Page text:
President Trump’s Office of Management and Budget has proposed a 14.1 percent cut in funding for the Internal Revenue Service. If made permanent, we conservatively estimate that this cut will cost the Treasury $60 billion, just from direct revenue loss due to reduced enforcement (and netting out the reduced spending on IRS enforcement). This new cut follows a more than 20 percent real reduction in resources for IRS enforcement since 2010. Undoing that reduction could save the federal government an additional $30 to $40 billion. All together, the President’s failing to restore these previous cuts and then cutting even more allows handouts to tax evaders costing the Treasury about $100 billion over ten years.
For several reasons, these figures probably substantially understate the effects on the federal budget.
First, consistent with government scoring, these estimates count only collections that enforcement efforts bring in from their targets. This is like accounting for the effect of a police department on bank robberies by measuring the number of thieves caught in the act or afterwards. In fact, the vast majority of Americans pay their taxes without getting a nasty note from the IRS. Some are afraid; others understand their responsibility to do their part. As the IRS’s enforcement budget shrinks, some will feel emboldened to cheat more. Why not? And as the IRS’s professionalism erodes and call wait times grow—they’ve already more than doubled—others will be infuriated into cheating.
While these indirect effects are hard to measure and uncertain, they are probably large. In fact, the Obama Administration previously said that these kinds of cuts could mean three times the size of the direct revenue effects from changes in enforcement (see here). If true, this would bring net revenue loss from $100 billion over a decade into the range of $400 billion, including both direct ($100 billion) and indirect ($300 billion) effects.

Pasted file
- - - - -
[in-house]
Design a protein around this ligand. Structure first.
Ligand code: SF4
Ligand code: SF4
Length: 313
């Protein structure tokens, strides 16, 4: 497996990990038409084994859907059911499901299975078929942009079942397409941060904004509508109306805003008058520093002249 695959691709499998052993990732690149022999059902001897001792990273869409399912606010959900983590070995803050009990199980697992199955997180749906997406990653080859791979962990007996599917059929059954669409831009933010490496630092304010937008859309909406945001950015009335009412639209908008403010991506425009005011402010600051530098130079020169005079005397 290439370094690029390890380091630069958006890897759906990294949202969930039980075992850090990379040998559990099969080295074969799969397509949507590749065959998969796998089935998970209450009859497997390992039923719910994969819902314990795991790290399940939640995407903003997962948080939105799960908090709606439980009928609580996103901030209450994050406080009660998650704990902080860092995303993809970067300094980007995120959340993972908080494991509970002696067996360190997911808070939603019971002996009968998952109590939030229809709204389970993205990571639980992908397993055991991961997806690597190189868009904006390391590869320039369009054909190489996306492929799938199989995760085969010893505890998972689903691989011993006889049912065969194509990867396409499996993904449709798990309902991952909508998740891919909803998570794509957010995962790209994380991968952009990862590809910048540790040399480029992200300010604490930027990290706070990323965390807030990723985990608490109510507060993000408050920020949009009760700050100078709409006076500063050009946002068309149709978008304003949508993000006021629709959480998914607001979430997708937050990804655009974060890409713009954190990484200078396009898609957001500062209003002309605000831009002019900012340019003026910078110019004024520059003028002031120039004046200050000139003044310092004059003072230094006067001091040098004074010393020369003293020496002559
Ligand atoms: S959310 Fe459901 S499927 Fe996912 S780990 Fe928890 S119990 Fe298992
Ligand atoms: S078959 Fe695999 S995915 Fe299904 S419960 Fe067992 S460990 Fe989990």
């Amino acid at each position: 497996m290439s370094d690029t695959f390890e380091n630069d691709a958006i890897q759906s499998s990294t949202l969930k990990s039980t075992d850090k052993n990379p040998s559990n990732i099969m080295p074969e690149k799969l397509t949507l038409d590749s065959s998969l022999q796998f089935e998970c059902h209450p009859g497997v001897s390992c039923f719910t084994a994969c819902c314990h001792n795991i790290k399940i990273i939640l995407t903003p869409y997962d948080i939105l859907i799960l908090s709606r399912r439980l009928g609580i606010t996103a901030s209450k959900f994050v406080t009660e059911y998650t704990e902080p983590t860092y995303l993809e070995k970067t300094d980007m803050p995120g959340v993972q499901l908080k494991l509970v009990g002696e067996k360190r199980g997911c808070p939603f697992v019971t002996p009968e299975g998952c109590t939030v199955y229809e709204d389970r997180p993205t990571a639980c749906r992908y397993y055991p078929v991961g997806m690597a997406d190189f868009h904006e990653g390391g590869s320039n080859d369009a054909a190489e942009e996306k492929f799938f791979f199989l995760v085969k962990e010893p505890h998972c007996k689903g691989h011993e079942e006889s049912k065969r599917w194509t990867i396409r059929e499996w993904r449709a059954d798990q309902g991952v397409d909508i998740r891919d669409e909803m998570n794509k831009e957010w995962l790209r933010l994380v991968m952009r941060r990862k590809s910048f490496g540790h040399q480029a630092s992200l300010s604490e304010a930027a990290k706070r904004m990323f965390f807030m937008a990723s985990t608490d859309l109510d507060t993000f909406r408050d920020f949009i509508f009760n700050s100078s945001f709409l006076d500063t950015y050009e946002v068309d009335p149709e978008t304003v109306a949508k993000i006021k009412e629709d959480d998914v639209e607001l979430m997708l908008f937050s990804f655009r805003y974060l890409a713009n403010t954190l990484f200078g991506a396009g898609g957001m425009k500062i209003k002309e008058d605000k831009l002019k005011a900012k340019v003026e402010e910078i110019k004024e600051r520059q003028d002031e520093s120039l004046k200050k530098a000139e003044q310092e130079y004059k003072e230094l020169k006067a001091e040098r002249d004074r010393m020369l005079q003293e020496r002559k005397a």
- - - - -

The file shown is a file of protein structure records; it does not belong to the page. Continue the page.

Second, there is talk in Washington of fundamental tax reform. The frameworks that Republicans have put forward all lose trillions of dollars, mostly to the benefit of those at the top of the income distribution. However, the estimates of these plans generally assume that the IRS has the resources to implement major changes to the tax system. A fundamental rewrite of the corporate tax code will require substantial new guidance from the IRS. In its absence, the system could bleed even more revenue. You simply cannot be serious about tax reform and fail to give the IRS the resources necessary to transition to a new system.
Slashing the budget of the IRS is classic faux populism. Taxes funds programs that are core for the middle class, like Social Security and Medicare. And most Americans face little audit risk, even from a well-funded IRS. In 2010, before recent budget cuts, only about 1 in 100 households were audited. The rate rose above 2 percent only for households making more than $500,000 per year.
Even so, cutting the IRS budget is a long-standing priority for the right. Between 2010 and 2015, the Congress rejected five consecutive budgets from the Obama Administration seeking increased IRS funding, and instead imposed large cuts at the IRS. The IRS’s staff has shrunken by 13,000 people.